Definitely I do agree with that. I’m so blessed that my husband supported me. He would never expect me to do anything because he knew that I was up all night. Since I was feeding my son, it was not like he could help. It was really a difficult time for both of us as a family trying to raise our son in the first year.
He helped with all the diaper changes. He never pressured me for cooking or cleaning or anything like that. He was the one who encouraged me. He would tell me to let it go. I’m kind of a control freak I need to do everything in the house. I need to clean and run the dishwasher and I need to do the laundry. But he was like let it go and focus on the baby and yourself. Her husband told her to learn to deal with the mess because she and the baby are what is most important right now.
He was pretty good overall about meals. We use to have a lot of quick fix meals and we use to eat out a lot. When my mother and mother in law were here, they use to cook very good meals. They took excellent care of me when they were here.
Tell me a little bit about breast feeding your daughter?
It was a different experience altogether. She fed more frequently, but she was a better sleep. I shifted to formula at seven months because I did not want to go through what I’ve been through with my son. I was breastfeeding him for 2.5 years and I had decided that I really cannot do that anymore. By the time she was born it was almost four and a half years that I had not slept. My pregnancies are really bad so I was like, No I cannot do this. But then we decided to go to India and I increased my breast feeding times and fed her through the whole trip. So that was another 2 months. Then I came back and. I put her on formula one feed. Then she weaned herself.In hindsight, I would have been strong. I would have moved her off the formula and breastfed her longer, but I just needed to get more sleep.
What did you enjoy most about breastfeeding your son?
I enjoyed everything about breastfeeding . I just loved holding him that close and connecting with him and just having the “me” time with him and my daughter. It’s just us in a bubble kind of a thing.
How did you feel about nursing in public?
I have always been very open about it. I would cover us and I never had anyone say anything to me. We talked about how easy and convenient it was to breastfeed. This is one of the reason that I went back to breastfeeding when I went to India. I knew that I would not be able to filter and boil the water so it would have been difficult.
Words of wisdom to other mothers:
I would tell them to focus on the food. Cook good food and put large amounts in refrigerator. Perhaps have someone cook for you. Aditi feels that eating on the outside is not nearly as helpful as cooking your own food. Aditi talked to us about using the spice Cumin to help reduce gas in mom and babies.
What did you miss about breastfeeding when you weaned your daughter?
I just mean less connecting with them. I loved being pregnant. The whole process is amazing. But I believe life is about growth and things keep changing. Change is constant, so you just need to keep changing and evolving and there are many phases of motherhood.
Anything funny happen in your breastfeeding life?
I haven’t really written about breastfeeding. I think this is the first time I’m really talking about it. In those days you don’t even think about writing about breastfeeding.
So I would love for you to share with my audience some of the things that you’re involved in now?
Right now I’m writing for my own blog which is called Silver Lining. I write about my culture and many times I write about stories that happen with me which give me insight into myself. I write about guides to help other moms who are going through stuff like – When your kid gets glasses, or how to protect them from predators. I have written for Huffington Post where I have had an amazing article which is titled: please stop telling me what to tell my kids you know. And then I write for Richmond mom’s blog which is a beautiful local publication which is which has a good team of local moms who talk about everything Richmond and motherhood. Now I’m going to start writing for Thrive Global. My new article will probably be coming in the beginning of next week. I’m excited about that. I volunteer for the Circle of Peace International which is an organization which helps students in Uganda in support of the school to help gain a better education. I’m a social media manager for them so I basically manage their Facebook, Twitter and Instagram accounts for them. I try to help reach more and more people through whatever message the organization has. I started in May of last year.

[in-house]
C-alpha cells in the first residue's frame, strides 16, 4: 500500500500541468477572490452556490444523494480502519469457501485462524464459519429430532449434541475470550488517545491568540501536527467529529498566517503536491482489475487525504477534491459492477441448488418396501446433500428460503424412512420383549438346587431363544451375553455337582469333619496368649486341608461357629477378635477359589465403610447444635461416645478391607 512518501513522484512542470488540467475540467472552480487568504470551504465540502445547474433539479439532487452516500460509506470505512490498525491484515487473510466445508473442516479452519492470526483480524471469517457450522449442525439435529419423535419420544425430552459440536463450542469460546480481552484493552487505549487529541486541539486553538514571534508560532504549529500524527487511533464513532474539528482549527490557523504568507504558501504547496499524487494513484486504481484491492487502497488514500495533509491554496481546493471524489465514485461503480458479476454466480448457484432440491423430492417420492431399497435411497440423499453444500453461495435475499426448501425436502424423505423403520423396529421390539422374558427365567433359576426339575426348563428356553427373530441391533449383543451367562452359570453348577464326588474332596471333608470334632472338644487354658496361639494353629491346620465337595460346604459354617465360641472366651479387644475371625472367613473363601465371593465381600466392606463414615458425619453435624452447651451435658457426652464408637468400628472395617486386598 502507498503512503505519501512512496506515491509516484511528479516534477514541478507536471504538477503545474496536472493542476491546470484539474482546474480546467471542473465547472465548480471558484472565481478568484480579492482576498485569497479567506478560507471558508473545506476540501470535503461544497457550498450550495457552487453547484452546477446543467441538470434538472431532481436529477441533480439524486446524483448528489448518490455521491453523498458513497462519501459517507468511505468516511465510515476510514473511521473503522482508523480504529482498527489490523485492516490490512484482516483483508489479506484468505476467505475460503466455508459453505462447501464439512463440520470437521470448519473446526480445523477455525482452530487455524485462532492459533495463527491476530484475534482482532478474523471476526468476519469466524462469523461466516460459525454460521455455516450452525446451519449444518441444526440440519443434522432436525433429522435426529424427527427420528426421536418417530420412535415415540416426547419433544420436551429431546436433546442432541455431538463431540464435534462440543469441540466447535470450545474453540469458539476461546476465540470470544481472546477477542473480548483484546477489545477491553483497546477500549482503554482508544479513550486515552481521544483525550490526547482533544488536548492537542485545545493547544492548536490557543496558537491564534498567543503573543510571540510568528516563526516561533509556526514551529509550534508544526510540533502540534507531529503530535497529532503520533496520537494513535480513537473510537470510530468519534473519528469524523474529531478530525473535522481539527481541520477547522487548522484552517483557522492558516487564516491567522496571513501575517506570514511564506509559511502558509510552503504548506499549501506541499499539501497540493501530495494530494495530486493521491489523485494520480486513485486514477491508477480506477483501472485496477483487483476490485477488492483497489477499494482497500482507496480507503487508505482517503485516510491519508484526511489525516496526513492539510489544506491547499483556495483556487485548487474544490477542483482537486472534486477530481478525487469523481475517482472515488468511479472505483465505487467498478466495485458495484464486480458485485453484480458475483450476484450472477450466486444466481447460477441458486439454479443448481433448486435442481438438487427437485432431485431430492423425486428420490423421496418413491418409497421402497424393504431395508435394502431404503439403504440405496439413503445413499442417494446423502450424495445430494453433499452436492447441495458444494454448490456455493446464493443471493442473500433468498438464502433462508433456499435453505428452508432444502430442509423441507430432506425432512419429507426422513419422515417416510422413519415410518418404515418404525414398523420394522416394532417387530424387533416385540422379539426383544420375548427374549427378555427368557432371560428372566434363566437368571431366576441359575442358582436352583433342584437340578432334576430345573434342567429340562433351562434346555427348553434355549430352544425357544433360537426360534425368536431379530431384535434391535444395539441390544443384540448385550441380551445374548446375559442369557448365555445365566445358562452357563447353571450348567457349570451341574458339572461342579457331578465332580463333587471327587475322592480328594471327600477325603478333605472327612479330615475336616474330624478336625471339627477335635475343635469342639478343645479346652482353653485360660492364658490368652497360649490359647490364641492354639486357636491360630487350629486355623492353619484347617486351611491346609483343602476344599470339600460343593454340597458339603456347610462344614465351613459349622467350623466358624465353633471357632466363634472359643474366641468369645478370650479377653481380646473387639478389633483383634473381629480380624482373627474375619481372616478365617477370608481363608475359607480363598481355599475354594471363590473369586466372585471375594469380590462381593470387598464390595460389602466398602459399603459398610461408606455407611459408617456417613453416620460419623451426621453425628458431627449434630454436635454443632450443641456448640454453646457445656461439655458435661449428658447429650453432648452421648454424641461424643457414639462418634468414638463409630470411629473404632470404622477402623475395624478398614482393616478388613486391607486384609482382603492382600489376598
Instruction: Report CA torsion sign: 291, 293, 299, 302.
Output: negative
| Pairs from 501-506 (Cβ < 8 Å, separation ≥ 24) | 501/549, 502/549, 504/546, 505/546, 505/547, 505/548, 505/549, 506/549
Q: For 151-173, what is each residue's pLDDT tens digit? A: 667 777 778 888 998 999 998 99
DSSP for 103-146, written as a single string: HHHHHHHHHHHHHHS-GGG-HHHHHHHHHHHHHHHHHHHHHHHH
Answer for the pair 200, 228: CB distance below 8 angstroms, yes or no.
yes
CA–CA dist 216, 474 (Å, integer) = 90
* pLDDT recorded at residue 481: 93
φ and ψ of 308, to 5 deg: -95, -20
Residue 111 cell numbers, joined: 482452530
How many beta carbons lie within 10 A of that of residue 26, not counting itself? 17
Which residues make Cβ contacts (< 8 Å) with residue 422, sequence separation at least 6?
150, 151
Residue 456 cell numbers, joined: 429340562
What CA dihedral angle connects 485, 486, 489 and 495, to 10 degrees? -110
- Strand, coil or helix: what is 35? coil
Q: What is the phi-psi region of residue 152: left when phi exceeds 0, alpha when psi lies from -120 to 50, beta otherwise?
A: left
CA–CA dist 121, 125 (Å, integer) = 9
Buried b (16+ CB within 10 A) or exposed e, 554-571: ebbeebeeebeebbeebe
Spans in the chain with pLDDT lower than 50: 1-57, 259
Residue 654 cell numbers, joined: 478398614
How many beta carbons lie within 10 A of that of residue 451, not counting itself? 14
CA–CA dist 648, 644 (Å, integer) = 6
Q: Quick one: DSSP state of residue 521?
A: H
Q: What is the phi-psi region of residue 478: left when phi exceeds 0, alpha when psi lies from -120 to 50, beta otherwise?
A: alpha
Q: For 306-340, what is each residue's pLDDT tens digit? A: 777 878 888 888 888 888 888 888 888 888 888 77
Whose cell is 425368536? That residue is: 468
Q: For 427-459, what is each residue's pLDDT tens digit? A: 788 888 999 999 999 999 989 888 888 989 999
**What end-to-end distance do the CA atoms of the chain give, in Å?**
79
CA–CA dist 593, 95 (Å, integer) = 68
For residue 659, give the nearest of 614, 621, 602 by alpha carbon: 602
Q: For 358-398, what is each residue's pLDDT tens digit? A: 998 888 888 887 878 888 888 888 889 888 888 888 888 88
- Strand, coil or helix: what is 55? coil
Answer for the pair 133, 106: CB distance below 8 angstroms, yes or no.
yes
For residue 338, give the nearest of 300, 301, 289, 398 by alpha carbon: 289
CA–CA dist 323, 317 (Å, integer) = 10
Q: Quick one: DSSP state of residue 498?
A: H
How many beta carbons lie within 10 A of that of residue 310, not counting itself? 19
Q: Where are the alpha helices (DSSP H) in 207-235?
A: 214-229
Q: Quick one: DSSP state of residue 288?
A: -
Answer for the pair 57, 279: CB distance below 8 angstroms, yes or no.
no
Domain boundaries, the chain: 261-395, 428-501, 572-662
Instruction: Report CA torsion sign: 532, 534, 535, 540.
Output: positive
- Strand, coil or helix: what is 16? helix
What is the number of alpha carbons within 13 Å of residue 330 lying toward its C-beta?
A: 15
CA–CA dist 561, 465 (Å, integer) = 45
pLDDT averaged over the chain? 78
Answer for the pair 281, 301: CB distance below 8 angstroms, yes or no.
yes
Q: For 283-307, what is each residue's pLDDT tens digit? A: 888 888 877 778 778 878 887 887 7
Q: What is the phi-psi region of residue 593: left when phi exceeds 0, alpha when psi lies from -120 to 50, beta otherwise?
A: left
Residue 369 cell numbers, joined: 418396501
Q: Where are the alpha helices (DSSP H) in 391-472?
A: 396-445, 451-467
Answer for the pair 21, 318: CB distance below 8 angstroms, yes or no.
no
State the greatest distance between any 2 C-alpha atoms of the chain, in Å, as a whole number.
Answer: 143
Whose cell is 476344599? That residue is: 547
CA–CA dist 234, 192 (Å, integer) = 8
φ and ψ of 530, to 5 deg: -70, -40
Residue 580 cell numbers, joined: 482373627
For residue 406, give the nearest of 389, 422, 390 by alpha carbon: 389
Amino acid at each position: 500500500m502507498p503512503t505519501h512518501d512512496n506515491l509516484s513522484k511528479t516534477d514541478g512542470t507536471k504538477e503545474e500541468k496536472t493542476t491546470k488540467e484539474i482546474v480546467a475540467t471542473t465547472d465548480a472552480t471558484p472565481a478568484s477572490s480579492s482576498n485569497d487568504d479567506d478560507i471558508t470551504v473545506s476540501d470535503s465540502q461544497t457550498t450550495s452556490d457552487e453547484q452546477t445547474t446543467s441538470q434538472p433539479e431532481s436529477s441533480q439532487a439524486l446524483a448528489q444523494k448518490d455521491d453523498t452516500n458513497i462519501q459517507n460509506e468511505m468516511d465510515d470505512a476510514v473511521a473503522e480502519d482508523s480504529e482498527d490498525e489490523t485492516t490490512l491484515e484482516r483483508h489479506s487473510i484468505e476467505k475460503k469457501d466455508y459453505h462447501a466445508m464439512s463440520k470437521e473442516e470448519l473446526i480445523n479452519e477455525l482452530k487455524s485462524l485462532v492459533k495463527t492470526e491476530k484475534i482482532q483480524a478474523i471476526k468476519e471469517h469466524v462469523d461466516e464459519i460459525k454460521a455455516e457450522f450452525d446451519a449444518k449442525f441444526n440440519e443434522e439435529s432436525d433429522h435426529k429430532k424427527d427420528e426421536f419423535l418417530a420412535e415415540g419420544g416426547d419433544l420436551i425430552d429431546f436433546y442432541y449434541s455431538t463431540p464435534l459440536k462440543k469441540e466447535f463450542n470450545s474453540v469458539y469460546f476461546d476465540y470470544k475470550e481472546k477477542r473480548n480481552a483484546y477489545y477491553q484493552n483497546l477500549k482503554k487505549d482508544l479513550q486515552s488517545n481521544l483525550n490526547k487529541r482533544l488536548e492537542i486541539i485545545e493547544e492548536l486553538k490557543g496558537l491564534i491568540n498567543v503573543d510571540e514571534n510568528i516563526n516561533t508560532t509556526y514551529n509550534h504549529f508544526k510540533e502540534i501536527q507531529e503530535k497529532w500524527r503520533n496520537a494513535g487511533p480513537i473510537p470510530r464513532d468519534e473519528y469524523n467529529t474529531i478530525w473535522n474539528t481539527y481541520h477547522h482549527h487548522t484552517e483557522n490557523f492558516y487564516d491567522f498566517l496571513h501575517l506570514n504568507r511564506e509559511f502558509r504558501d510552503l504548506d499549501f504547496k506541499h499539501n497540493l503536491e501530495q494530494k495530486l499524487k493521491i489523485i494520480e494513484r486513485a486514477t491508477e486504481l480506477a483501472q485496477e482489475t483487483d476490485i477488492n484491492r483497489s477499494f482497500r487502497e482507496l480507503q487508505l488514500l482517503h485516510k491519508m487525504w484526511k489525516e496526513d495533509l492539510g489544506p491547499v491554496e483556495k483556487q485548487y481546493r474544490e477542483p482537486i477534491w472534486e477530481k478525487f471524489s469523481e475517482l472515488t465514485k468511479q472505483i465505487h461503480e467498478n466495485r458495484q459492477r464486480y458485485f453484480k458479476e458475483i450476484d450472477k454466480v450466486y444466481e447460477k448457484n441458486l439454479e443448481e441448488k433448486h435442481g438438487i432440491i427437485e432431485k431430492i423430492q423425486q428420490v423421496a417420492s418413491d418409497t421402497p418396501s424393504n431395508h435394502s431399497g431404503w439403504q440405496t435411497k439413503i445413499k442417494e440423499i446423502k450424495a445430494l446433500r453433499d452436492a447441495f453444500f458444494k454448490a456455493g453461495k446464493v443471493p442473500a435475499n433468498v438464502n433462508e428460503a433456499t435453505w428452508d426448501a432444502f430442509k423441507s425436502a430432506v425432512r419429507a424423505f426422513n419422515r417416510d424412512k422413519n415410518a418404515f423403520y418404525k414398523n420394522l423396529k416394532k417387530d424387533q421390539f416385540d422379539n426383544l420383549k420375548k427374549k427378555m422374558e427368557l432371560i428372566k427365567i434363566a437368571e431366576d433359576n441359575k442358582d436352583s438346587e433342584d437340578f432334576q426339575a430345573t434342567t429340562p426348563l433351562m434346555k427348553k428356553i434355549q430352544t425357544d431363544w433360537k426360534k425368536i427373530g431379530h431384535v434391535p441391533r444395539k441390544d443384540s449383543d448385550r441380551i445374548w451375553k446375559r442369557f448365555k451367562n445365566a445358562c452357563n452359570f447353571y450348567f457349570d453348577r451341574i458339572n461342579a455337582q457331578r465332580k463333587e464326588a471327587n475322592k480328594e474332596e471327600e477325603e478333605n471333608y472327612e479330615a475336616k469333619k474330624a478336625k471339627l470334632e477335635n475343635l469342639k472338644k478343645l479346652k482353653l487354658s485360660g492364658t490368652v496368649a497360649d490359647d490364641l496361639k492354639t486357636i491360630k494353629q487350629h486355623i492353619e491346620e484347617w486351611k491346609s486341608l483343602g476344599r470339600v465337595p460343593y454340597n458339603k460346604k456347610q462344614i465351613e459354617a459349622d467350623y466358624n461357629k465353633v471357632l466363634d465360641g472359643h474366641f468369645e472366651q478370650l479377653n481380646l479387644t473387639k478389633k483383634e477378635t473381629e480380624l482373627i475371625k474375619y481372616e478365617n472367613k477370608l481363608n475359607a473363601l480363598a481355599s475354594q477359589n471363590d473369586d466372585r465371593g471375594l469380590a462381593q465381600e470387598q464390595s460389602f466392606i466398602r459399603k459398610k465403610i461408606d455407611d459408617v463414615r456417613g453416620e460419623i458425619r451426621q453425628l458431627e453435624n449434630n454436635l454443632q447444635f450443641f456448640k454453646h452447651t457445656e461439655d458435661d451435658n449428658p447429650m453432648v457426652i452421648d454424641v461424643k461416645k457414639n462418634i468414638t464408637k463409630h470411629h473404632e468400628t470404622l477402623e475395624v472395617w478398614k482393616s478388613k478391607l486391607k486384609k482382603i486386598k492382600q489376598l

I am excited about my article for the Huffington Post because I believe every child is different and every mother is different. It is wrong to tell someone just a blanket statement about how to take care of your kids. When I was younger my mom used to stare at me from across the room and I shivered because I knew that when I go home she is going to talk to me about what I did. I respect elders. These are things that she ingrained into me.
We had a conversation about what life is like with children in public and how people respond to mothers and what they tell mothers you should or should not do with your children. That is why I encourage journaling. I like to write on all the positive things that happen in your day so that a time when you’re feeling down about such things you can go back and see this is something that someone did for me.
adisingh – Twitter and Pinterest
Lori J. Isenstadt, IBCLC
Lori Jill Isenstadt, IBCLC is a huge breastfeeding supporter. She has spent much of her adult life working in the maternal health field. Once she became turned on to birth and became a childbirth educator, there was no stopping her love of working with families during their childbearing years. Lori became a Birth doula and a Postpartum doula and soon became a lactation consultant. She has been helping moms and babies with breastfeeding for over 25 years. Lori founded her private practice, All About Breastfeeding where she meets with moms one on one to help solve their breastfeeding challenges. She is an international speaker, book author and the host of the popular itunes podcast, All About Breastfeeding, the place where the girls hang out. You can reach Lori by email at: email@example.com or contact her via her website: allaboutbreastfeeding.biz/contact
Submit a comment
your email address will not be published